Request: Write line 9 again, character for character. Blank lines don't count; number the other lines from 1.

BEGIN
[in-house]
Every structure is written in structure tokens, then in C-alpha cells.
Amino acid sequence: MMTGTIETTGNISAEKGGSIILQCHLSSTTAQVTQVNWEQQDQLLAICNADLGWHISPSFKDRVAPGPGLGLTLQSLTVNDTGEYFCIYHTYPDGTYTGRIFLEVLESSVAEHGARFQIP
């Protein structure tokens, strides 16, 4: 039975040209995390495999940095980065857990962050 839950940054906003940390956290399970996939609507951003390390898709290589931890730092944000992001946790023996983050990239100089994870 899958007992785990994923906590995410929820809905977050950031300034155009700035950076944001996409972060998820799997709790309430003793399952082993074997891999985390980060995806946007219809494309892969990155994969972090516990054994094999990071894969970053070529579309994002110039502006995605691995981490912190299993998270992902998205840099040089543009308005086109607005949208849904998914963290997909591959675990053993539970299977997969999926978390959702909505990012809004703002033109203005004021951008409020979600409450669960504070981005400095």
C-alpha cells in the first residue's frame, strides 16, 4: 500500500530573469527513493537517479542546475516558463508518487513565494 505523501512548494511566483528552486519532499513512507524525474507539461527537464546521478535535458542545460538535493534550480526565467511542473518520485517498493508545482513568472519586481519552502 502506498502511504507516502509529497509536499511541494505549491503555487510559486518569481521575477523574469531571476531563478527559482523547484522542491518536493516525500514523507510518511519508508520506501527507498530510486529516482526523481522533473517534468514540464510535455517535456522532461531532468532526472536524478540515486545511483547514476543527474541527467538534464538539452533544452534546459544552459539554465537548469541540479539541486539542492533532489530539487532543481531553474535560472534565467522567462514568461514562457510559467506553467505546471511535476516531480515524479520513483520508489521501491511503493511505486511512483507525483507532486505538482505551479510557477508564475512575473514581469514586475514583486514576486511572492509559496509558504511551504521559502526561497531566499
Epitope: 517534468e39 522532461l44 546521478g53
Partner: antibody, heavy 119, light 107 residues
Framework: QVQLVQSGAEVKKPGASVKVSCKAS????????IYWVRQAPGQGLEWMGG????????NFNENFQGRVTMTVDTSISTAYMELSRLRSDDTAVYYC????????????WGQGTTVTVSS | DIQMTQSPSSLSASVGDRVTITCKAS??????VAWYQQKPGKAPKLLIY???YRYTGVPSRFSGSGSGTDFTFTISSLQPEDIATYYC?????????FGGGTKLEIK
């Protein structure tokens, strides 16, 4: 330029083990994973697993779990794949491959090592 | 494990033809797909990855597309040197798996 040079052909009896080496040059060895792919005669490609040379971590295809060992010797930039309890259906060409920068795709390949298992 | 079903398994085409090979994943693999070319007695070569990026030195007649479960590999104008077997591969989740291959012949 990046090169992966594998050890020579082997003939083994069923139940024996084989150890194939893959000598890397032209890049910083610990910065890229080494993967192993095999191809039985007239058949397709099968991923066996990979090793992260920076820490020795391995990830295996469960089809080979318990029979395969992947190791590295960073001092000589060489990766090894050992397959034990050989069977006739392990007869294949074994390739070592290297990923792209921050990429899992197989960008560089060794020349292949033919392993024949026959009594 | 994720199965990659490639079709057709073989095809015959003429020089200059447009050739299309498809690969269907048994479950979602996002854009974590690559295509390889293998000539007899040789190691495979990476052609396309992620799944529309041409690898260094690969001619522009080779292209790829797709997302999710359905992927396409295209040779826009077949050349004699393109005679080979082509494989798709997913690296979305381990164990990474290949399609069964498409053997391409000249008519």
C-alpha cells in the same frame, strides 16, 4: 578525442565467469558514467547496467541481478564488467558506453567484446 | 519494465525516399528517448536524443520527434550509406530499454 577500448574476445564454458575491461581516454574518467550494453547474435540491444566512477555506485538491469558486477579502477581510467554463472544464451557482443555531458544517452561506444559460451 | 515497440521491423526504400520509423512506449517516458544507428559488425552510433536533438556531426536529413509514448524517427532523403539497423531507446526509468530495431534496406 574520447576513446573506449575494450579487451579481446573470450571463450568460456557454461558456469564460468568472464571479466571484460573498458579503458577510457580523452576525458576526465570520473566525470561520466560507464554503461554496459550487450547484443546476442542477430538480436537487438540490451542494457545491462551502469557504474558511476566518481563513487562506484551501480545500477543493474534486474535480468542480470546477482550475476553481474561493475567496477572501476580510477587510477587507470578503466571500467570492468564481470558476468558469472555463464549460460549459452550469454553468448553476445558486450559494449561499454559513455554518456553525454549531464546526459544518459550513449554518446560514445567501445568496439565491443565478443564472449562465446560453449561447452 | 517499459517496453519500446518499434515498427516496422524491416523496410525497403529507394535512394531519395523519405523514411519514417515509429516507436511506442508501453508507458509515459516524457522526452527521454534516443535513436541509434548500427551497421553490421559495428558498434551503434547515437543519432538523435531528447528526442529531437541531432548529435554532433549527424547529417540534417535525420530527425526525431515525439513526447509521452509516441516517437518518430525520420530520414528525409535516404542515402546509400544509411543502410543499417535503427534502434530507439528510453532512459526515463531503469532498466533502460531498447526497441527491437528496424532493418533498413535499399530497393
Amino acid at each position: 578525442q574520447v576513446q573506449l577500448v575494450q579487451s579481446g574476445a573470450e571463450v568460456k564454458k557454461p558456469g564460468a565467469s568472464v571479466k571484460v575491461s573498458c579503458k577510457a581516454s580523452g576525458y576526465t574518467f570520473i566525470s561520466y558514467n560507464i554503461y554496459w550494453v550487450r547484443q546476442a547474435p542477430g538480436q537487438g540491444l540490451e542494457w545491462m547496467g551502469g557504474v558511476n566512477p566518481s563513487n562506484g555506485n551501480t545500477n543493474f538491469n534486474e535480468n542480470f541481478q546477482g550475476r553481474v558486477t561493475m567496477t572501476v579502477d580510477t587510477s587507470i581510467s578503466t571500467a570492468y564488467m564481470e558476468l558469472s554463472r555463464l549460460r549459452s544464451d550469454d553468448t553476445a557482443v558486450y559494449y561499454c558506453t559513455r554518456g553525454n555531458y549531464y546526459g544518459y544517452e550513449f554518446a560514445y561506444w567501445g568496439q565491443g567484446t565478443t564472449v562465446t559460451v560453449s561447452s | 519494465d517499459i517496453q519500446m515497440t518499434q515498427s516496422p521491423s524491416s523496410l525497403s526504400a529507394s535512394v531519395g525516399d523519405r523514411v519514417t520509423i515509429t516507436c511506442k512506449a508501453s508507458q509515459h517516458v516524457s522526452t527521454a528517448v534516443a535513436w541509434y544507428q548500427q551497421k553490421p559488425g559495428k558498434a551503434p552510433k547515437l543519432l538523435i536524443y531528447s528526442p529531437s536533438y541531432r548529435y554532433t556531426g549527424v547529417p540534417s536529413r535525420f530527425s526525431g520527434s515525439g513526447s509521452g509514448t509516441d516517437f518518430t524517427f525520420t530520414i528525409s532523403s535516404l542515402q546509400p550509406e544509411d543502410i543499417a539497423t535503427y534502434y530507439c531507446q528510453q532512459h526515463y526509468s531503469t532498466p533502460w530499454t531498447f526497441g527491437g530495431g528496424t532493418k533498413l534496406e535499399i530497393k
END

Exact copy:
């Protein structure tokens, strides 16, 4: 330029083990994973697993779990794949491959090592 | 494990033809797909990855597309040197798996 040079052909009896080496040059060895792919005669490609040379971590295809060992010797930039309890259906060409920068795709390949298992 | 079903398994085409090979994943693999070319007695070569990026030195007649479960590999104008077997591969989740291959012949 990046090169992966594998050890020579082997003939083994069923139940024996084989150890194939893959000598890397032209890049910083610990910065890229080494993967192993095999191809039985007239058949397709099968991923066996990979090793992260920076820490020795391995990830295996469960089809080979318990029979395969992947190791590295960073001092000589060489990766090894050992397959034990050989069977006739392990007869294949074994390739070592290297990923792209921050990429899992197989960008560089060794020349292949033919392993024949026959009594 | 994720199965990659490639079709057709073989095809015959003429020089200059447009050739299309498809690969269907048994479950979602996002854009974590690559295509390889293998000539007899040789190691495979990476052609396309992620799944529309041409690898260094690969001619522009080779292209790829797709997302999710359905992927396409295209040779826009077949050349004699393109005679080979082509494989798709997913690296979305381990164990990474290949399609069964498409053997391409000249008519």